32. What made Greeks laugh?

Halliwell: Greek Laughter

“I’m trying to use laughter as a kind of prism, I suppose, through which to examine certain features of the broader culture…

“Greeks talk a lot about laughter and so there are a lot of perceptions and representations of laughter in prose texts and poetic texts… It’s used all over the place, it’s referred to, it’s discussed by philosophers and others.

“So I really wanted to use it as a prism through which to look at a wider range of Greek values and tensions with in the culture and ways in which Greeks think about many different aspects of life.”

My guest this week is Stephen Halliwell, Professor of Greek at St Andrews University and winner of this year’s Criticos Prize for the best book published on the subject of Greece, ancient or modern.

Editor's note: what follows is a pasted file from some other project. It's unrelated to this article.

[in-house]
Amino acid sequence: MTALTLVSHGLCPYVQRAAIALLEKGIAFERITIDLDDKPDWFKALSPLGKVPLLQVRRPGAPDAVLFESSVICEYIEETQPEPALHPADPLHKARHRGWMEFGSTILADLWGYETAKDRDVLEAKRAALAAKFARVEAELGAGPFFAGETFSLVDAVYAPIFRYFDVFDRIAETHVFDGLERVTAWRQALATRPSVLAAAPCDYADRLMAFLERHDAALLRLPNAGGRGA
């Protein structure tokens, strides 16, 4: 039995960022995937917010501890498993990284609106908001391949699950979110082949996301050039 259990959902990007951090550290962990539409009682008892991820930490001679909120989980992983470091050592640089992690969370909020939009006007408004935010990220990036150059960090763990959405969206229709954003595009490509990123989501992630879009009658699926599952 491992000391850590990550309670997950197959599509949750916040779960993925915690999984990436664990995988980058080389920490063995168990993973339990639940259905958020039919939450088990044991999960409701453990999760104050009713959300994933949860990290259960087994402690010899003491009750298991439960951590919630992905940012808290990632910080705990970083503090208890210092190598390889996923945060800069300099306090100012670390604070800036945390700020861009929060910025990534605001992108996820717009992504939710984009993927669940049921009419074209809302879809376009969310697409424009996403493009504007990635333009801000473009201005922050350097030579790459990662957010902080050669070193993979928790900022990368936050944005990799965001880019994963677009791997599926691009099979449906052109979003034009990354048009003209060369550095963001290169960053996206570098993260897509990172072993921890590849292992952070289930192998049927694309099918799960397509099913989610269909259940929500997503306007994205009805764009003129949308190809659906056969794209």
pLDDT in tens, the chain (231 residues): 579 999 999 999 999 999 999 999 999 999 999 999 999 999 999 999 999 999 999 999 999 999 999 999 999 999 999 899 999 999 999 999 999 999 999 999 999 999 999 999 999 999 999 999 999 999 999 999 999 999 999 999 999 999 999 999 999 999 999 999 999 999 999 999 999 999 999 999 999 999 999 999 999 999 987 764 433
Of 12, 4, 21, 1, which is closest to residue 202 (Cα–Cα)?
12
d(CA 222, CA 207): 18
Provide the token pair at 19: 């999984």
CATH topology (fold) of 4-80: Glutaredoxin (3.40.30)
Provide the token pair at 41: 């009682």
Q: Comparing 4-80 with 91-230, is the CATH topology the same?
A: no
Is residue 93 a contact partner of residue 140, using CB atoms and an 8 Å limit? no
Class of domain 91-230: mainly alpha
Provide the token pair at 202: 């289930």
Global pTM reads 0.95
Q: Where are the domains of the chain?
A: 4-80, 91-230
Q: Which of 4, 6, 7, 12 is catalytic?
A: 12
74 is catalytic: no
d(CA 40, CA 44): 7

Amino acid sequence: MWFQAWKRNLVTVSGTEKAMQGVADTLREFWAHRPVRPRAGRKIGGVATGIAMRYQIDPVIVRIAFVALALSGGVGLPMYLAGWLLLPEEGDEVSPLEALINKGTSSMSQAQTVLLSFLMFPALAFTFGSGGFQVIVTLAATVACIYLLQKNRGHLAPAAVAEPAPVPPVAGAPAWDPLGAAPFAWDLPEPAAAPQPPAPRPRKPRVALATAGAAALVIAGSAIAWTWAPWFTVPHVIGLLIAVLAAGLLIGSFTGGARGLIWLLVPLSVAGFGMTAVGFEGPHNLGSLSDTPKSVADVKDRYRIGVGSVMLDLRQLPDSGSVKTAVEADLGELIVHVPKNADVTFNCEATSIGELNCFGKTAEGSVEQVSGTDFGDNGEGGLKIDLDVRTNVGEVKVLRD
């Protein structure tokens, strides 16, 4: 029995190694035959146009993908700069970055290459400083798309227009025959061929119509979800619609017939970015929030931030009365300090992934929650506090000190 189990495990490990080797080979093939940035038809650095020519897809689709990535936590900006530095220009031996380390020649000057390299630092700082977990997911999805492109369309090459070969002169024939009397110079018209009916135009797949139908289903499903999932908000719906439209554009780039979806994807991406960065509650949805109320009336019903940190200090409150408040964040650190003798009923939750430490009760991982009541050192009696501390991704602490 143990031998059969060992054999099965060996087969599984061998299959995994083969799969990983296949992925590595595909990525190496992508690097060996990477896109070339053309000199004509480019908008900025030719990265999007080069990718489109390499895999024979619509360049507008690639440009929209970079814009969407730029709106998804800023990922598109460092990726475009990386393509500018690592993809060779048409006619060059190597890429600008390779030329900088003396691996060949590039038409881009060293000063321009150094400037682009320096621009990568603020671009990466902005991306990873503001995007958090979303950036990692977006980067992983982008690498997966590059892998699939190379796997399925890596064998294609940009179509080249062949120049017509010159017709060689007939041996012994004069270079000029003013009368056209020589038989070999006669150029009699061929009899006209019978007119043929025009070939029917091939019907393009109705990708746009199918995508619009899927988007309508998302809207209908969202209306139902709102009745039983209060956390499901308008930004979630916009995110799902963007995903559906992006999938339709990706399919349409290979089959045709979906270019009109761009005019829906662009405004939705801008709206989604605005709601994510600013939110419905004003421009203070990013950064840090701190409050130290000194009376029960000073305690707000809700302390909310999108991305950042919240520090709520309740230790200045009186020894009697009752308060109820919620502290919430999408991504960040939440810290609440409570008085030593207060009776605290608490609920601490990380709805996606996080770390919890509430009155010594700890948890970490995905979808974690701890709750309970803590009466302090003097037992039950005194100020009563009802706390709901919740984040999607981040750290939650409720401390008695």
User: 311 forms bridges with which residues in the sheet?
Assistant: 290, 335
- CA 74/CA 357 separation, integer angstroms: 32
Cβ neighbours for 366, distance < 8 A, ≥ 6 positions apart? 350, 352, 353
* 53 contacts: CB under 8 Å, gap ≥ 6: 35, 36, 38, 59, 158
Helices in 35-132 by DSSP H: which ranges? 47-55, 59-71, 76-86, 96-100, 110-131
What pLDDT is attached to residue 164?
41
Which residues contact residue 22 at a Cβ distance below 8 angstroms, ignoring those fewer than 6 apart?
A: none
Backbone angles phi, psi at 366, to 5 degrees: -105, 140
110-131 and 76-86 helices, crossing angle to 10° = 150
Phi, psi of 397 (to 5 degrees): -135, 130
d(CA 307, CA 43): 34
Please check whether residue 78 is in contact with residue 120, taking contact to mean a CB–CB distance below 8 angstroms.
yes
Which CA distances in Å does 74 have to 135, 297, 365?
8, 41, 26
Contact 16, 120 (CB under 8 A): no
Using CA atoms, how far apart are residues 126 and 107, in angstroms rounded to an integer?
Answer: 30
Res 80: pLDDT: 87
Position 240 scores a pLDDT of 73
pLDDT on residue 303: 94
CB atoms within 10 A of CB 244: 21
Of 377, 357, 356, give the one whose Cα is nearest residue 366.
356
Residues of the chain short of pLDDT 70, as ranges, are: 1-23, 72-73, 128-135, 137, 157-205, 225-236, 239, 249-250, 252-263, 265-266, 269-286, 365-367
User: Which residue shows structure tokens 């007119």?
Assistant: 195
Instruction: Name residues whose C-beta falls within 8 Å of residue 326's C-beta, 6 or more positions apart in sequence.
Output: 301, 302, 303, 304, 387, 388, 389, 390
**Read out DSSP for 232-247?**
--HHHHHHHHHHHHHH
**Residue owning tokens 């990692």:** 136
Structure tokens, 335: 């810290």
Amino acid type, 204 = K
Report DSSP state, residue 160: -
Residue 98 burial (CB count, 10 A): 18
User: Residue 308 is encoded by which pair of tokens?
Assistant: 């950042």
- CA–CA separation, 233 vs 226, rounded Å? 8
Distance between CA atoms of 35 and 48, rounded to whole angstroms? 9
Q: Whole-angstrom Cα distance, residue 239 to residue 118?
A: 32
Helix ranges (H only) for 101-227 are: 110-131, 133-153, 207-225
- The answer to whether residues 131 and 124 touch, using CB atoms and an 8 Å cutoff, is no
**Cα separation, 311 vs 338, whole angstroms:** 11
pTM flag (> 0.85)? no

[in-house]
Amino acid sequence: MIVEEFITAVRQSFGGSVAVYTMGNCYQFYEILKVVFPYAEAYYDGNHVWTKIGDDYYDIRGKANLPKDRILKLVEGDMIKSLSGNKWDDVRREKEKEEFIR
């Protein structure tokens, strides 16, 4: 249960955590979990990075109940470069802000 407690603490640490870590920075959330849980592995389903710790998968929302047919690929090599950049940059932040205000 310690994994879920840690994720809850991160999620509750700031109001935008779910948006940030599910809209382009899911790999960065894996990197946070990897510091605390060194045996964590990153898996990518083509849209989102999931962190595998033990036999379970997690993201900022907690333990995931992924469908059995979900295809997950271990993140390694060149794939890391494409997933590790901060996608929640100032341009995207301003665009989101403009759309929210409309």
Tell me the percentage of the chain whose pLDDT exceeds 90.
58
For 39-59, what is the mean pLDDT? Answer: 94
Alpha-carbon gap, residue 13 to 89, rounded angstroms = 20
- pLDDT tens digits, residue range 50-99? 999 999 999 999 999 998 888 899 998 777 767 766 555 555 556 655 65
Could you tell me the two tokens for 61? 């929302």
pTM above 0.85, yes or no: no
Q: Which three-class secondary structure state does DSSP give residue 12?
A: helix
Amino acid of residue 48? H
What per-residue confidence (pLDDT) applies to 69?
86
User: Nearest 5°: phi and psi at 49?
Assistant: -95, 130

Stephen HalliwellStephen’s book, Greek Laughter, is a vast compendium of information of what made the Greeks laugh and how laughter functioned in ancient Greek society. As the book makes abundantly clear, laughter was far from unproblematic –  to be laughed down in Greek society was a deeply shameful experience – and laughter was a frequent subject of reflection for philosophers and other ancient Greek thinkers.

The book is also fascinating on the links between laughter and early Christianity (by and large, they weren’t in favour of it…) Click on the link above to hear the podcast, or subscribe at iTunes (link in right-hand column above).

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